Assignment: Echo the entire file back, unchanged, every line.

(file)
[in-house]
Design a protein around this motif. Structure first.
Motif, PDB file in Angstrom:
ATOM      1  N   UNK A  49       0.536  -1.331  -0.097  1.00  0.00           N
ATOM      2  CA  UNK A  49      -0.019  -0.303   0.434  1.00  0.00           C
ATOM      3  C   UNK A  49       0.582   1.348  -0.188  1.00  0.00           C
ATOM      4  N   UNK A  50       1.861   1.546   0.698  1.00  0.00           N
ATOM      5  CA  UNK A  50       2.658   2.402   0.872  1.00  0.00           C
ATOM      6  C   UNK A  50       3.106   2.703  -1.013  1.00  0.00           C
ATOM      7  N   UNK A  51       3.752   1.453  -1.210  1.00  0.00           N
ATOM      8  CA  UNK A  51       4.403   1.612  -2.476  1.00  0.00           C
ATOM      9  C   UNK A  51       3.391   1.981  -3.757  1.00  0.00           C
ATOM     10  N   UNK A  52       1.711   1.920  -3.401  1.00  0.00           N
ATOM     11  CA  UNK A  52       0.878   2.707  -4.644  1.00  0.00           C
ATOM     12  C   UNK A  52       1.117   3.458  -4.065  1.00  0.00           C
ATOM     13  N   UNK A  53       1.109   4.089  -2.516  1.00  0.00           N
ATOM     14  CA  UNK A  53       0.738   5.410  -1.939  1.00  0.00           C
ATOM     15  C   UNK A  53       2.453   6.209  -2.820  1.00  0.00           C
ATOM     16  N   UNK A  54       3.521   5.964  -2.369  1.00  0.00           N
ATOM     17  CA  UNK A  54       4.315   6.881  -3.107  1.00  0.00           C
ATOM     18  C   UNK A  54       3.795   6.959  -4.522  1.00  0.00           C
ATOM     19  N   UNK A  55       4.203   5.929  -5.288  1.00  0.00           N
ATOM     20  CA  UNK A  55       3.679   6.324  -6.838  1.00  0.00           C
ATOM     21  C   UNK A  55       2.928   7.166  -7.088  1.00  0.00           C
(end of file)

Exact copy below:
[in-house]
Design a protein around this motif. Structure first.
Motif, PDB file in Angstrom:
ATOM      1  N   UNK A  49       0.536  -1.331  -0.097  1.00  0.00           N
ATOM      2  CA  UNK A  49      -0.019  -0.303   0.434  1.00  0.00           C
ATOM      3  C   UNK A  49       0.582   1.348  -0.188  1.00  0.00           C
ATOM      4  N   UNK A  50       1.861   1.546   0.698  1.00  0.00           N
ATOM      5  CA  UNK A  50       2.658   2.402   0.872  1.00  0.00           C
ATOM      6  C   UNK A  50       3.106   2.703  -1.013  1.00  0.00           C
ATOM      7  N   UNK A  51       3.752   1.453  -1.210  1.00  0.00           N
ATOM      8  CA  UNK A  51       4.403   1.612  -2.476  1.00  0.00           C
ATOM      9  C   UNK A  51       3.391   1.981  -3.757  1.00  0.00           C
ATOM     10  N   UNK A  52       1.711   1.920  -3.401  1.00  0.00           N
ATOM     11  CA  UNK A  52       0.878   2.707  -4.644  1.00  0.00           C
ATOM     12  C   UNK A  52       1.117   3.458  -4.065  1.00  0.00           C
ATOM     13  N   UNK A  53       1.109   4.089  -2.516  1.00  0.00           N
ATOM     14  CA  UNK A  53       0.738   5.410  -1.939  1.00  0.00           C
ATOM     15  C   UNK A  53       2.453   6.209  -2.820  1.00  0.00           C
ATOM     16  N   UNK A  54       3.521   5.964  -2.369  1.00  0.00           N
ATOM     17  CA  UNK A  54       4.315   6.881  -3.107  1.00  0.00           C
ATOM     18  C   UNK A  54       3.795   6.959  -4.522  1.00  0.00           C
ATOM     19  N   UNK A  55       4.203   5.929  -5.288  1.00  0.00           N
ATOM     20  CA  UNK A  55       3.679   6.324  -6.838  1.00  0.00           C
ATOM     21  C   UNK A  55       2.928   7.166  -7.088  1.00  0.00           C